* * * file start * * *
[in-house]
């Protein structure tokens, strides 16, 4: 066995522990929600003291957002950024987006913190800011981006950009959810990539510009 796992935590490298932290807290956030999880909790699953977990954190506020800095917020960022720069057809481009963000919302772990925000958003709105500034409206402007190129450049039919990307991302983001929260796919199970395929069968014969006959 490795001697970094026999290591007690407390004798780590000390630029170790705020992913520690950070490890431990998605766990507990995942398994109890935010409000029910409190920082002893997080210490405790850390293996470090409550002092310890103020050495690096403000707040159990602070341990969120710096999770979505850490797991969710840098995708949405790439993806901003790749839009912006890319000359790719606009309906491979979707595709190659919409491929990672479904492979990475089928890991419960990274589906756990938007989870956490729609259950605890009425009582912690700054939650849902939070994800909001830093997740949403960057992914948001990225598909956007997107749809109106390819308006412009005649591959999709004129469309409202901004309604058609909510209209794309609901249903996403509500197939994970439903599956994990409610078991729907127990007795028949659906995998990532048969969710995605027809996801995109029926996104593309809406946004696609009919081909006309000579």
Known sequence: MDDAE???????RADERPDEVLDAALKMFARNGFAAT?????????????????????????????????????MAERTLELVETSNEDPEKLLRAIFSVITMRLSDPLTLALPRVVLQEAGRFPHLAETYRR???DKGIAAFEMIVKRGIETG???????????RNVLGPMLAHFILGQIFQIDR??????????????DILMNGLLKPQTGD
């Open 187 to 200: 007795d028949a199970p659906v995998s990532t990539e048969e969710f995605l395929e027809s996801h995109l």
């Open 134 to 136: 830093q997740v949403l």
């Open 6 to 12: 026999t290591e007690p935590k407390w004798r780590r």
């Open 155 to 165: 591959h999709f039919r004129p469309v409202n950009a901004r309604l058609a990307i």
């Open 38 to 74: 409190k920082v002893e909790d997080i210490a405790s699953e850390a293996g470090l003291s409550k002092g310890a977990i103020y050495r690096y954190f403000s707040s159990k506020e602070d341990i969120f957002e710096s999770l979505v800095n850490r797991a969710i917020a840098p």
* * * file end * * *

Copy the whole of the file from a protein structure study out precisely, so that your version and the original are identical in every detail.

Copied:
[in-house]
């Protein structure tokens, strides 16, 4: 066995522990929600003291957002950024987006913190800011981006950009959810990539510009 796992935590490298932290807290956030999880909790699953977990954190506020800095917020960022720069057809481009963000919302772990925000958003709105500034409206402007190129450049039919990307991302983001929260796919199970395929069968014969006959 490795001697970094026999290591007690407390004798780590000390630029170790705020992913520690950070490890431990998605766990507990995942398994109890935010409000029910409190920082002893997080210490405790850390293996470090409550002092310890103020050495690096403000707040159990602070341990969120710096999770979505850490797991969710840098995708949405790439993806901003790749839009912006890319000359790719606009309906491979979707595709190659919409491929990672479904492979990475089928890991419960990274589906756990938007989870956490729609259950605890009425009582912690700054939650849902939070994800909001830093997740949403960057992914948001990225598909956007997107749809109106390819308006412009005649591959999709004129469309409202901004309604058609909510209209794309609901249903996403509500197939994970439903599956994990409610078991729907127990007795028949659906995998990532048969969710995605027809996801995109029926996104593309809406946004696609009919081909006309000579």
Known sequence: MDDAE???????RADERPDEVLDAALKMFARNGFAAT?????????????????????????????????????MAERTLELVETSNEDPEKLLRAIFSVITMRLSDPLTLALPRVVLQEAGRFPHLAETYRR???DKGIAAFEMIVKRGIETG???????????RNVLGPMLAHFILGQIFQIDR??????????????DILMNGLLKPQTGD
């Open 187 to 200: 007795d028949a199970p659906v995998s990532t990539e048969e969710f995605l395929e027809s996801h995109l």
């Open 134 to 136: 830093q997740v949403l």
């Open 6 to 12: 026999t290591e007690p935590k407390w004798r780590r």
């Open 155 to 165: 591959h999709f039919r004129p469309v409202n950009a901004r309604l058609a990307i």
């Open 38 to 74: 409190k920082v002893e909790d997080i210490a405790s699953e850390a293996g470090l003291s409550k002092g310890a977990i103020y050495r690096y954190f403000s707040s159990k506020e602070d341990i969120f957002e710096s999770l979505v800095n850490r797991a969710i917020a840098p």